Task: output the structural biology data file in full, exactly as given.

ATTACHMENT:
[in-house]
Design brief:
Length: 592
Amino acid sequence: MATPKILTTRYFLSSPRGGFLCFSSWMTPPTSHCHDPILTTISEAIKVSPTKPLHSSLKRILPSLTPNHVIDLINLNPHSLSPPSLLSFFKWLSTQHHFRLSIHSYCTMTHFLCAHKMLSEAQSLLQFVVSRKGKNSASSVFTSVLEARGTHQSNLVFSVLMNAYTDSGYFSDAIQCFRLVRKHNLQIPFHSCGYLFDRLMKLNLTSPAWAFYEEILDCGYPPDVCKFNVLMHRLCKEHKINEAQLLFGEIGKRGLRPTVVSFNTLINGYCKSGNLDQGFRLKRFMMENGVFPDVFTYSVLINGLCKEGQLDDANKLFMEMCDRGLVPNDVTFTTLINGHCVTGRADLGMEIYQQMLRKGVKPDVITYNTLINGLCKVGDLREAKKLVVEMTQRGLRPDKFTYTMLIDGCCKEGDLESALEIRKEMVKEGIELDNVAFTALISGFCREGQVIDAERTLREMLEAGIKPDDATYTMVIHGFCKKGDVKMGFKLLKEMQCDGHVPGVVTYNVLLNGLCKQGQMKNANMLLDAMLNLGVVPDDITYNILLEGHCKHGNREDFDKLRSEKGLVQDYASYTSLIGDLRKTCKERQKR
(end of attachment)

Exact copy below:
[in-house]
Design brief:
Length: 592
Amino acid sequence: MATPKILTTRYFLSSPRGGFLCFSSWMTPPTSHCHDPILTTISEAIKVSPTKPLHSSLKRILPSLTPNHVIDLINLNPHSLSPPSLLSFFKWLSTQHHFRLSIHSYCTMTHFLCAHKMLSEAQSLLQFVVSRKGKNSASSVFTSVLEARGTHQSNLVFSVLMNAYTDSGYFSDAIQCFRLVRKHNLQIPFHSCGYLFDRLMKLNLTSPAWAFYEEILDCGYPPDVCKFNVLMHRLCKEHKINEAQLLFGEIGKRGLRPTVVSFNTLINGYCKSGNLDQGFRLKRFMMENGVFPDVFTYSVLINGLCKEGQLDDANKLFMEMCDRGLVPNDVTFTTLINGHCVTGRADLGMEIYQQMLRKGVKPDVITYNTLINGLCKVGDLREAKKLVVEMTQRGLRPDKFTYTMLIDGCCKEGDLESALEIRKEMVKEGIELDNVAFTALISGFCREGQVIDAERTLREMLEAGIKPDDATYTMVIHGFCKKGDVKMGFKLLKEMQCDGHVPGVVTYNVLLNGLCKQGQMKNANMLLDAMLNLGVVPDDITYNILLEGHCKHGNREDFDKLRSEKGLVQDYASYTSLIGDLRKTCKERQKR